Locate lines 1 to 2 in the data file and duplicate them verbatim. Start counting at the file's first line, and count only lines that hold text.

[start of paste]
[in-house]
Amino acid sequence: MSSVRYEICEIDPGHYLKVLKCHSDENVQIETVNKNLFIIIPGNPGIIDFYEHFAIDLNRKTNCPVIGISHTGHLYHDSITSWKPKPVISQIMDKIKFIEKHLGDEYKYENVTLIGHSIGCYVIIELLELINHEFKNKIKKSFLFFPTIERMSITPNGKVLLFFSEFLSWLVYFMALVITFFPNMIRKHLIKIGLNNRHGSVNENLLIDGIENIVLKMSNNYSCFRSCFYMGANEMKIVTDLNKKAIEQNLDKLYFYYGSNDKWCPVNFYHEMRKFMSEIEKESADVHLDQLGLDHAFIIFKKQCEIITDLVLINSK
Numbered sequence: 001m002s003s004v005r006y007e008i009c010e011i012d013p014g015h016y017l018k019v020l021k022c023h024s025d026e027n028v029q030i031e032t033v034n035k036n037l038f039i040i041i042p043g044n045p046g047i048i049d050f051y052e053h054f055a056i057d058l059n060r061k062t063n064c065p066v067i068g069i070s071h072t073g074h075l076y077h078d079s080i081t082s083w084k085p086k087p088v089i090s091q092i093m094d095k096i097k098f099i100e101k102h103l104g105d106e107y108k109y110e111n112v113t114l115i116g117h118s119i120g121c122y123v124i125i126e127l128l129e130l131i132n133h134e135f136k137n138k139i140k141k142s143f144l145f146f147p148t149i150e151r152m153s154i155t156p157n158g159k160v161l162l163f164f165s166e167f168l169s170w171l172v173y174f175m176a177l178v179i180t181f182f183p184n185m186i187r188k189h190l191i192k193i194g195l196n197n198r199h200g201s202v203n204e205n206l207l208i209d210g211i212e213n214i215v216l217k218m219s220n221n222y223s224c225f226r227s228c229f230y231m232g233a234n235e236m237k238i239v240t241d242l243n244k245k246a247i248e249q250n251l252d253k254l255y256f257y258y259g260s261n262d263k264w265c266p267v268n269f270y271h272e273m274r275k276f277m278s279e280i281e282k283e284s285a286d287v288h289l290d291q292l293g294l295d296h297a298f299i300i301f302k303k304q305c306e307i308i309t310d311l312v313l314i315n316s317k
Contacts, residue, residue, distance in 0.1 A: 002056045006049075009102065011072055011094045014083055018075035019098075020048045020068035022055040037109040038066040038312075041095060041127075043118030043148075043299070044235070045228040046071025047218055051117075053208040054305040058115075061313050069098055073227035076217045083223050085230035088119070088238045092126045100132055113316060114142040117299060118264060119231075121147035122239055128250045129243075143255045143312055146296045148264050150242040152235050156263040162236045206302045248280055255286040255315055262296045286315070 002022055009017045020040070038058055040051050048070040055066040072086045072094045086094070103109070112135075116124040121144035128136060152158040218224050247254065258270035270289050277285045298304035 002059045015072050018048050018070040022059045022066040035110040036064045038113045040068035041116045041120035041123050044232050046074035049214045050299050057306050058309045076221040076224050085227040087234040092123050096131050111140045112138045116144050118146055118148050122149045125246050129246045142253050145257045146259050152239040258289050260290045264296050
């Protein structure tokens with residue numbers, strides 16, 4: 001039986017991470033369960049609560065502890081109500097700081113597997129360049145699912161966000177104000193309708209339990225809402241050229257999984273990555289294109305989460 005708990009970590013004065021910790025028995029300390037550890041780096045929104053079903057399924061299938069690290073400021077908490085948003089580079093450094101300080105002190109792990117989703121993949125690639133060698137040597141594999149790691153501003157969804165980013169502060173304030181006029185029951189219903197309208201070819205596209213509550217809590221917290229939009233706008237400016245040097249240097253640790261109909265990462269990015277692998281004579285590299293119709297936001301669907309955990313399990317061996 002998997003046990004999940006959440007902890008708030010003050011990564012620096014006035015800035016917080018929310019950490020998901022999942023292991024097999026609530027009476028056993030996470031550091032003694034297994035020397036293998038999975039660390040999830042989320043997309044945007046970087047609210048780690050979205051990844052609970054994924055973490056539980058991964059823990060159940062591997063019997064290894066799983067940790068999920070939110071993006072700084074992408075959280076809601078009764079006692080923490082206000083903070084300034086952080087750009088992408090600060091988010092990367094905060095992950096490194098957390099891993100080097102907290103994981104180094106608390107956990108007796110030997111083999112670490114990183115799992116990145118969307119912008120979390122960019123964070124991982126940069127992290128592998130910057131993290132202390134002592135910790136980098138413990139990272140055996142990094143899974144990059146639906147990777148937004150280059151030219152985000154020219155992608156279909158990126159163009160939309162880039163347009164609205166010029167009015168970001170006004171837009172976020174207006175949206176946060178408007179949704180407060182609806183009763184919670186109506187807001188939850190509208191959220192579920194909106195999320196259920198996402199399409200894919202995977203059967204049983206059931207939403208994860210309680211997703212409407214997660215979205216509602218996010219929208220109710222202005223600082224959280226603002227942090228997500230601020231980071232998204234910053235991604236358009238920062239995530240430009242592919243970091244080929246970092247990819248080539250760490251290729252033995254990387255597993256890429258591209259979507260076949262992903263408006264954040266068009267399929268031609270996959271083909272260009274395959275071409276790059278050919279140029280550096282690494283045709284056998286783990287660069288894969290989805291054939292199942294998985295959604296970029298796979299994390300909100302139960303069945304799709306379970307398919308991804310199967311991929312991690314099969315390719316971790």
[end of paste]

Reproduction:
[in-house]
Amino acid sequence: MSSVRYEICEIDPGHYLKVLKCHSDENVQIETVNKNLFIIIPGNPGIIDFYEHFAIDLNRKTNCPVIGISHTGHLYHDSITSWKPKPVISQIMDKIKFIEKHLGDEYKYENVTLIGHSIGCYVIIELLELINHEFKNKIKKSFLFFPTIERMSITPNGKVLLFFSEFLSWLVYFMALVITFFPNMIRKHLIKIGLNNRHGSVNENLLIDGIENIVLKMSNNYSCFRSCFYMGANEMKIVTDLNKKAIEQNLDKLYFYYGSNDKWCPVNFYHEMRKFMSEIEKESADVHLDQLGLDHAFIIFKKQCEIITDLVLINSK